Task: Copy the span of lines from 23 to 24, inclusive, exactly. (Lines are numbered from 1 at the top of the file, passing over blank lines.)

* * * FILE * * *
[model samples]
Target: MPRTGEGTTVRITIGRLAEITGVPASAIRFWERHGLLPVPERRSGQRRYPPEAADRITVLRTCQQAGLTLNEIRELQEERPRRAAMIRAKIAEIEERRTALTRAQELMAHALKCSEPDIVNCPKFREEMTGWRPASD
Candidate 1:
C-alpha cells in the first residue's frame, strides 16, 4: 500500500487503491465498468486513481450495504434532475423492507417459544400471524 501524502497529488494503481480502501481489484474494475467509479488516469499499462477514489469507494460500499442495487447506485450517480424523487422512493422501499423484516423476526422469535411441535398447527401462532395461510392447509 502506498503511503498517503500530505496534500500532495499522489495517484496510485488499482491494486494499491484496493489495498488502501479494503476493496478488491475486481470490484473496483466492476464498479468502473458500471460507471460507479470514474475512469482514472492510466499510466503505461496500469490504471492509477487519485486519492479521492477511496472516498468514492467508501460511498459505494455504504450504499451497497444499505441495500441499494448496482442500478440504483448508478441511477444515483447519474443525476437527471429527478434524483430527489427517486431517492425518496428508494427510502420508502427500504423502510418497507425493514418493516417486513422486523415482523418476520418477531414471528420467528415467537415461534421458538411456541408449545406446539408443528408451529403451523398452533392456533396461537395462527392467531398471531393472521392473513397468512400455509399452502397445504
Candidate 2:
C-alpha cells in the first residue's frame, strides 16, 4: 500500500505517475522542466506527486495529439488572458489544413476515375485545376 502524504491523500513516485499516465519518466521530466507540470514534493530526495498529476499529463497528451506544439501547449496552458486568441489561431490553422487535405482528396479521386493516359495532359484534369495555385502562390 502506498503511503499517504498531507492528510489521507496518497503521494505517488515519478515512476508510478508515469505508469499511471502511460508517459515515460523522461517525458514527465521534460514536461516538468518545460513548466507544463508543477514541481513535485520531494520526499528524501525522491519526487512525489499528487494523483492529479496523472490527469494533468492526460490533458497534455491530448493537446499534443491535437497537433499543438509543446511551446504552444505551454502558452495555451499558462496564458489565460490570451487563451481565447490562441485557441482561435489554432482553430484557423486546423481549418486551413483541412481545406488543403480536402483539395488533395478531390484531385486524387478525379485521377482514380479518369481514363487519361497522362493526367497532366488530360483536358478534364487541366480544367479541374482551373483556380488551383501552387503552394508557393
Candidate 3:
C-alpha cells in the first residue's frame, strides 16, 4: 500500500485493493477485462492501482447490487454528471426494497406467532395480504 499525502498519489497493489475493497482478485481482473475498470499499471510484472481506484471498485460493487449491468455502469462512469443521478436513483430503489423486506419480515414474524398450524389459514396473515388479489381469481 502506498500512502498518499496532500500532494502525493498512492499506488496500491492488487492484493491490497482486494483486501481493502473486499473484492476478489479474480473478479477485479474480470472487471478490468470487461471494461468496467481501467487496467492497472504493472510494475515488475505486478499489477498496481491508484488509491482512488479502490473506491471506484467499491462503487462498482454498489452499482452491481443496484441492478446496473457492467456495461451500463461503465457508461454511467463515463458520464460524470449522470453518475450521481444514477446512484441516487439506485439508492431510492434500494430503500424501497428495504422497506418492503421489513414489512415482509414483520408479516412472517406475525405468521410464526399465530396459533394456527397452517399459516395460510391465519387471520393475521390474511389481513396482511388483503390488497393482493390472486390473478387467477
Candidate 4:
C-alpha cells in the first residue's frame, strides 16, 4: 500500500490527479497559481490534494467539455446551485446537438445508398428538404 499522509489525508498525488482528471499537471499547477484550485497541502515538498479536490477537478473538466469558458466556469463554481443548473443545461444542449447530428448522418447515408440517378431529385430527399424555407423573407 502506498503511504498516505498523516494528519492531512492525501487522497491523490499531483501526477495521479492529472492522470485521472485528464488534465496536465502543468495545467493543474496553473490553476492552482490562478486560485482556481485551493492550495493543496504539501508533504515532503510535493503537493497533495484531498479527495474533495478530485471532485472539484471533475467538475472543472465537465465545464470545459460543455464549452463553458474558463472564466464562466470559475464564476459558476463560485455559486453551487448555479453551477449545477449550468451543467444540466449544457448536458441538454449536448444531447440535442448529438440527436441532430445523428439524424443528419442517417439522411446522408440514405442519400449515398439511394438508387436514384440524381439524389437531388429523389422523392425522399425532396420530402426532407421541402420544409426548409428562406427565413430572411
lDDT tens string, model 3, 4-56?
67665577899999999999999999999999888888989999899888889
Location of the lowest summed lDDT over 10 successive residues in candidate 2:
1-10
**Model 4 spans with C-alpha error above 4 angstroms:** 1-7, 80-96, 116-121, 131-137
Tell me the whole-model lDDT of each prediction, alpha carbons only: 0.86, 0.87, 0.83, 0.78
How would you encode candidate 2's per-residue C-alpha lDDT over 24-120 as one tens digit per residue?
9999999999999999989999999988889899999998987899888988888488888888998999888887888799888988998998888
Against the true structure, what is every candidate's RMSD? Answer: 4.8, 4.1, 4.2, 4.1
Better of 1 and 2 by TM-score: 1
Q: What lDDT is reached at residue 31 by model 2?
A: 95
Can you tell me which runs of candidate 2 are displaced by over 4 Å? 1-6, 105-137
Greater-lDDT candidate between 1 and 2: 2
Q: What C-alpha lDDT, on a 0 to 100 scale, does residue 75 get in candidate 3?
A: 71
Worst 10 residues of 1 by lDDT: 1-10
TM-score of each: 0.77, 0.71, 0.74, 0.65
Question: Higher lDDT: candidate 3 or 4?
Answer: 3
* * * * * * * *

Can you tell me which runs of candidate 2 are displaced by over 4 Å? 1-6, 105-137
Greater-lDDT candidate between 1 and 2: 2